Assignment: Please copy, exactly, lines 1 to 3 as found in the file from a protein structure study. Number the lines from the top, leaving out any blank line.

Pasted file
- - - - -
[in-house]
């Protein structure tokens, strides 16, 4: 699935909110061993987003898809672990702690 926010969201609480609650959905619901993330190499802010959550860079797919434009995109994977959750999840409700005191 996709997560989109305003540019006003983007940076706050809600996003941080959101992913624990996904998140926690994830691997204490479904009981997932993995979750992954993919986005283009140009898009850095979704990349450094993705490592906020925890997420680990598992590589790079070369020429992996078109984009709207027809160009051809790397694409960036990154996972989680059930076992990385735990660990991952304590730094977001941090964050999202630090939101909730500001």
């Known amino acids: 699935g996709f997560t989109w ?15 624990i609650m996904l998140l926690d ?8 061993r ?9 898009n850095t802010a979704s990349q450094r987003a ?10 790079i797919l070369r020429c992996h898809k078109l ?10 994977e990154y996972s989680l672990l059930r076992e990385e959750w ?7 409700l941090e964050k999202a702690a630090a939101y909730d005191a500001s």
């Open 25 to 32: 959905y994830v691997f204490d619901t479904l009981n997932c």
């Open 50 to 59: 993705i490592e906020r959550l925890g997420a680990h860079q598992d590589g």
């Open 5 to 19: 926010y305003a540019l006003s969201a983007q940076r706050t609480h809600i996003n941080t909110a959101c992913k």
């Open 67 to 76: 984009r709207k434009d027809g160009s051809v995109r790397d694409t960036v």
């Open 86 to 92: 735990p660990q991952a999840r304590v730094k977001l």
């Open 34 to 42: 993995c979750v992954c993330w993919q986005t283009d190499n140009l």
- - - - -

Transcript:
[in-house]
């Protein structure tokens, strides 16, 4: 699935909110061993987003898809672990702690 926010969201609480609650959905619901993330190499802010959550860079797919434009995109994977959750999840409700005191 996709997560989109305003540019006003983007940076706050809600996003941080959101992913624990996904998140926690994830691997204490479904009981997932993995979750992954993919986005283009140009898009850095979704990349450094993705490592906020925890997420680990598992590589790079070369020429992996078109984009709207027809160009051809790397694409960036990154996972989680059930076992990385735990660990991952304590730094977001941090964050999202630090939101909730500001």
């Known amino acids: 699935g996709f997560t989109w ?15 624990i609650m996904l998140l926690d ?8 061993r ?9 898009n850095t802010a979704s990349q450094r987003a ?10 790079i797919l070369r020429c992996h898809k078109l ?10 994977e990154y996972s989680l672990l059930r076992e990385e959750w ?7 409700l941090e964050k999202a702690a630090a939101y909730d005191a500001s």